Several state legislatures, including those in Oklahoma and Louisiana, are considering cuts to their unemployment-benefit programs that would reduce the number of weeks people can receive aid, lower weekly benefit amounts, or make work-search requirements tougher.
A recent push to reduce unemployment benefits in Mississippi failed.
Bills the Louisiana Legislature is considering would reduce the maximum number of weeks a person could receive unemployment benefits from 26 to 12 weeks when the state’s unemployment rate is at or below 5.5% and to 20 weeks when the state unemployment rate is above 5.5%. The same bill would increase the weekly benefit amount, and others would increase the minimum weekly benefit amount. Additional bills call for verification of job interviews and require the Louisiana Workforce Commission to conduct more checks to prevent fraudulent filing and payment of claims.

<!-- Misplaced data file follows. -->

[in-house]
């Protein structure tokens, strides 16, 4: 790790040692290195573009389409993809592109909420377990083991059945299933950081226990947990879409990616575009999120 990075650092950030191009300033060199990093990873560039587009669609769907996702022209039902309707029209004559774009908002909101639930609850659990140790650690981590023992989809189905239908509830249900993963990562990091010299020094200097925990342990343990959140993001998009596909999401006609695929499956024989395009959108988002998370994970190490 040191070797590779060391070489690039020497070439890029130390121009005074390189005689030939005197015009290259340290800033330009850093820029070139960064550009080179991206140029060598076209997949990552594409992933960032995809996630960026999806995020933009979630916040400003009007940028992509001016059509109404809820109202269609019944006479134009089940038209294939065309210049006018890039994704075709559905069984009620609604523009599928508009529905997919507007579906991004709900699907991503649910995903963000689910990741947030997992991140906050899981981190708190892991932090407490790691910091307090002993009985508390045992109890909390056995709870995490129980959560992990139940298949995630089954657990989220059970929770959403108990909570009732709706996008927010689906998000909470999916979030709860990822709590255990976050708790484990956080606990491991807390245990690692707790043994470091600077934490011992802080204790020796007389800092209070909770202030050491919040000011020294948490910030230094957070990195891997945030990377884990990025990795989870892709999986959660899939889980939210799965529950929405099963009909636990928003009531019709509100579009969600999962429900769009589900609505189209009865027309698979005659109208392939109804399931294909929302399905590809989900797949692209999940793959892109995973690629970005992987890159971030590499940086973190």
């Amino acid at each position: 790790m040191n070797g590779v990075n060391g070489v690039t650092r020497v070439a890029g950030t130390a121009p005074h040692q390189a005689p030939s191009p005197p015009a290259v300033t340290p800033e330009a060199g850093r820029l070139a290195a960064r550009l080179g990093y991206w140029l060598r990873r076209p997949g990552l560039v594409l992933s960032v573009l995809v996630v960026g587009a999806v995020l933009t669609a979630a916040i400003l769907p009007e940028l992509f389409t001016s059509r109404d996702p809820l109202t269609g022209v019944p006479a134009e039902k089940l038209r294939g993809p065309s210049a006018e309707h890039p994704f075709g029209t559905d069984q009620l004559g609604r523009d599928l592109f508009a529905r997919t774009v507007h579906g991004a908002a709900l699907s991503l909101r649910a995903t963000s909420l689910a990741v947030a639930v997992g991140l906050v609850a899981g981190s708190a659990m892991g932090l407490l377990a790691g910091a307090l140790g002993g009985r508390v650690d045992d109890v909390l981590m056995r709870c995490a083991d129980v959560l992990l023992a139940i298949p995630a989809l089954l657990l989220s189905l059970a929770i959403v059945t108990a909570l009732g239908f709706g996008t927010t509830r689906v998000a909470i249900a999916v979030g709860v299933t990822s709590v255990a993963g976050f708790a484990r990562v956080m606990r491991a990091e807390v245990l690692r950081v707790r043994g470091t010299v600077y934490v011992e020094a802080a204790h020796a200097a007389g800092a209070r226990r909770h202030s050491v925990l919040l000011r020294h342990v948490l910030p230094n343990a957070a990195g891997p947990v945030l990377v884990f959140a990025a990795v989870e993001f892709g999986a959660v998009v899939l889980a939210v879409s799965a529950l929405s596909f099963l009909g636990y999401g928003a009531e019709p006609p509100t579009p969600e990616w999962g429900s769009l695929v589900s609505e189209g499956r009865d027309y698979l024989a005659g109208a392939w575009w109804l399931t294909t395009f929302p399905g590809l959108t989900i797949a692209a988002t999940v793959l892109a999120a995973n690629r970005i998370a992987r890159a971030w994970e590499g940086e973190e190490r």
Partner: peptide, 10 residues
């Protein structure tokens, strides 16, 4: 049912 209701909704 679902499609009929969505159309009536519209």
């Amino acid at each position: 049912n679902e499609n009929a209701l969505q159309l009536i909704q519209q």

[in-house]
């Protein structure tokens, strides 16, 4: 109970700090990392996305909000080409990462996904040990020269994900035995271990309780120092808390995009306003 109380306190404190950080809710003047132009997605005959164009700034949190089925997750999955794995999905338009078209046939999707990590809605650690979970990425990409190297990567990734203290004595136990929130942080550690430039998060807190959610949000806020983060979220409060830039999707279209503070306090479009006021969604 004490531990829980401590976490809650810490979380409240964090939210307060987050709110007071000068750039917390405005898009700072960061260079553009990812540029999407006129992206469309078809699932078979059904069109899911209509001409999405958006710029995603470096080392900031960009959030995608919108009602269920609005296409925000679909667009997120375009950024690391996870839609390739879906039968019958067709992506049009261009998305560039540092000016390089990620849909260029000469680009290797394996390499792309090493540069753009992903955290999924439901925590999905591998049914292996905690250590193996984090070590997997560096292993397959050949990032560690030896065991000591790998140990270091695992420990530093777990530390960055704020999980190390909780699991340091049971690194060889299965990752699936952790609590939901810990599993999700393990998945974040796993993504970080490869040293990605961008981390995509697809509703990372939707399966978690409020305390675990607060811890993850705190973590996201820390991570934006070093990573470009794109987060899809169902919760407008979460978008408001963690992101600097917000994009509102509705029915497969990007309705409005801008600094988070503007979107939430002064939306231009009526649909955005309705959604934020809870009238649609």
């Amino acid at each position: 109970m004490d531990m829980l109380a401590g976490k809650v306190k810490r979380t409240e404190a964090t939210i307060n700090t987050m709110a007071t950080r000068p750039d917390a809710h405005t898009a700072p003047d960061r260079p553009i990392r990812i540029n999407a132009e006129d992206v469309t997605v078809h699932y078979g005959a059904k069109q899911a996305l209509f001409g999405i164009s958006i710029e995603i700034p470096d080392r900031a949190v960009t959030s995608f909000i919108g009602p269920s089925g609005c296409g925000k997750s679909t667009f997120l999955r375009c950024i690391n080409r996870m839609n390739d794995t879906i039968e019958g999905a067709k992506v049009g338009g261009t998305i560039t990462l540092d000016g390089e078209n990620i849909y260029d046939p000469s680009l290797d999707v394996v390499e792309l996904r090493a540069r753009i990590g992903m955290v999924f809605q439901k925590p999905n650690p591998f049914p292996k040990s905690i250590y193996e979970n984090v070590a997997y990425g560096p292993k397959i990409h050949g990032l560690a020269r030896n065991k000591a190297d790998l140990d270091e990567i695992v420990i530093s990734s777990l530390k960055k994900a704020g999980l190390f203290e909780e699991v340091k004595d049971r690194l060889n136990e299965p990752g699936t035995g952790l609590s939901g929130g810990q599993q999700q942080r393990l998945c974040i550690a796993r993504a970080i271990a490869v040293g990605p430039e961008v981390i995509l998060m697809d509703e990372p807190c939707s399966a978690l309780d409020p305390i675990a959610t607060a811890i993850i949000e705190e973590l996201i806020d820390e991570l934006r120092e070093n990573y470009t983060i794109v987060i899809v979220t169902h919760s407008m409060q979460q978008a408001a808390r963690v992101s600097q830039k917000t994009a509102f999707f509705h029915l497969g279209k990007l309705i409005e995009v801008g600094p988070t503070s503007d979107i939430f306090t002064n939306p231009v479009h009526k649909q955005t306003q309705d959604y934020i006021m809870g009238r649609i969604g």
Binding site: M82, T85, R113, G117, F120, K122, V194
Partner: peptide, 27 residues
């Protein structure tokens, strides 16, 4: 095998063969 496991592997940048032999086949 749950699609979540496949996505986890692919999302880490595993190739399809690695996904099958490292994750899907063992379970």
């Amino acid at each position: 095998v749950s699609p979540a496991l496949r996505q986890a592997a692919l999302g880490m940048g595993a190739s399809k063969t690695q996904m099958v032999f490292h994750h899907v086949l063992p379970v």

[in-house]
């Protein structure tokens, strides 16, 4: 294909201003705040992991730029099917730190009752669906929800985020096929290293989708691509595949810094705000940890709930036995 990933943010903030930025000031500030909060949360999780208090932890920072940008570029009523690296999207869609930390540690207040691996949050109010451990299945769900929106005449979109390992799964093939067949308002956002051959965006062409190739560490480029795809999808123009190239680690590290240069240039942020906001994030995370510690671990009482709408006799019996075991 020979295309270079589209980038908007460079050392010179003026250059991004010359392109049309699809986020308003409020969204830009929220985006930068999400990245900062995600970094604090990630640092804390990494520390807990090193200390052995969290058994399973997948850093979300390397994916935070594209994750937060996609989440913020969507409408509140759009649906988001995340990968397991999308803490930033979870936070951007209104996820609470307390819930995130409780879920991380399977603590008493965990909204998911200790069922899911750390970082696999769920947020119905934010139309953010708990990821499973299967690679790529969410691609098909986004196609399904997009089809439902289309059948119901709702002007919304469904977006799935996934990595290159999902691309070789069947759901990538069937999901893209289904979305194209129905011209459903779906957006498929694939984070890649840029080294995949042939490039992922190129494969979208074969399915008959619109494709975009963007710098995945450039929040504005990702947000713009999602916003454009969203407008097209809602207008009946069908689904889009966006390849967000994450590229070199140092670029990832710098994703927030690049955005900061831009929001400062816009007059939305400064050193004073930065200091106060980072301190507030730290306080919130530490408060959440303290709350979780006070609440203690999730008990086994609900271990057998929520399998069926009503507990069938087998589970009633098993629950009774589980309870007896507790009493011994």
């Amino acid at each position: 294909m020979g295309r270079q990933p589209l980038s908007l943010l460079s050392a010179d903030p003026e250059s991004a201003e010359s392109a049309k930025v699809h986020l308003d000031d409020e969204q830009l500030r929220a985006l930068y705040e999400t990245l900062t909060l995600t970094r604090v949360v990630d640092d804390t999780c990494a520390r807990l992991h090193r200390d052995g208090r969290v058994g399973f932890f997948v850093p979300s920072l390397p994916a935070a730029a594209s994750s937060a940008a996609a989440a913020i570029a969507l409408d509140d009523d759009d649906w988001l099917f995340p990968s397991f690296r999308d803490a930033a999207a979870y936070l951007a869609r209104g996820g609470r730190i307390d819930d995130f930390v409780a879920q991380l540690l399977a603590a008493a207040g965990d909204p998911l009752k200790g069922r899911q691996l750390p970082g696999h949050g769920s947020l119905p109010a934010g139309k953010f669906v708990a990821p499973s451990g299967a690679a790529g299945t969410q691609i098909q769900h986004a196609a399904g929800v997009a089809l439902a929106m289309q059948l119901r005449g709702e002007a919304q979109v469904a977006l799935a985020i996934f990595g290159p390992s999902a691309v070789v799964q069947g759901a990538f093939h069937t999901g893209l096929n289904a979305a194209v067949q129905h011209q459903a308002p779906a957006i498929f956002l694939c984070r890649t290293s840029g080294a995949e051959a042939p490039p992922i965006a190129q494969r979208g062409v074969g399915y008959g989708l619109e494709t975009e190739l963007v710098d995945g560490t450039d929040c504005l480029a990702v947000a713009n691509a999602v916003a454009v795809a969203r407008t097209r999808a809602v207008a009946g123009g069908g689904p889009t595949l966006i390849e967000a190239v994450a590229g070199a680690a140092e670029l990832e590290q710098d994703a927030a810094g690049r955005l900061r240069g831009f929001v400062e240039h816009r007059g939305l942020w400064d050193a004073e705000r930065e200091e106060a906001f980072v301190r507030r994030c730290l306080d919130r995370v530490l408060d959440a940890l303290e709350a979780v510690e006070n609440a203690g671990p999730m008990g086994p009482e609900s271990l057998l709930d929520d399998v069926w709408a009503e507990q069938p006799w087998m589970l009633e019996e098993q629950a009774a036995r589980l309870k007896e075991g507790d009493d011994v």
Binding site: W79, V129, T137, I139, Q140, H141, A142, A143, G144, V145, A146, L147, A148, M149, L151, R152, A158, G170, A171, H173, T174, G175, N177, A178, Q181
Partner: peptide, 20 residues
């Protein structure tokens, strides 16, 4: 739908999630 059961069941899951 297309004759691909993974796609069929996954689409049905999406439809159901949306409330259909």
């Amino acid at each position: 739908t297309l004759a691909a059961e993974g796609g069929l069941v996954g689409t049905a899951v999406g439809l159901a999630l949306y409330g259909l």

A bill the Oklahoma Legislature is considering would reduce the duration of unemployment benefits from 26 weeks to 12 weeks if the state’s average unemployment rate is at or below 3 percent. If the average unemployment rate is above 3 percent, the maximum would gradually increase depending on the rate, with 20 weeks being the maximum. The Oklahoma House of Representatives approved the bill March 23, and it has moved to the Oklahoma Senate.
Learn more about about proposed unemployment-program changes in nine states.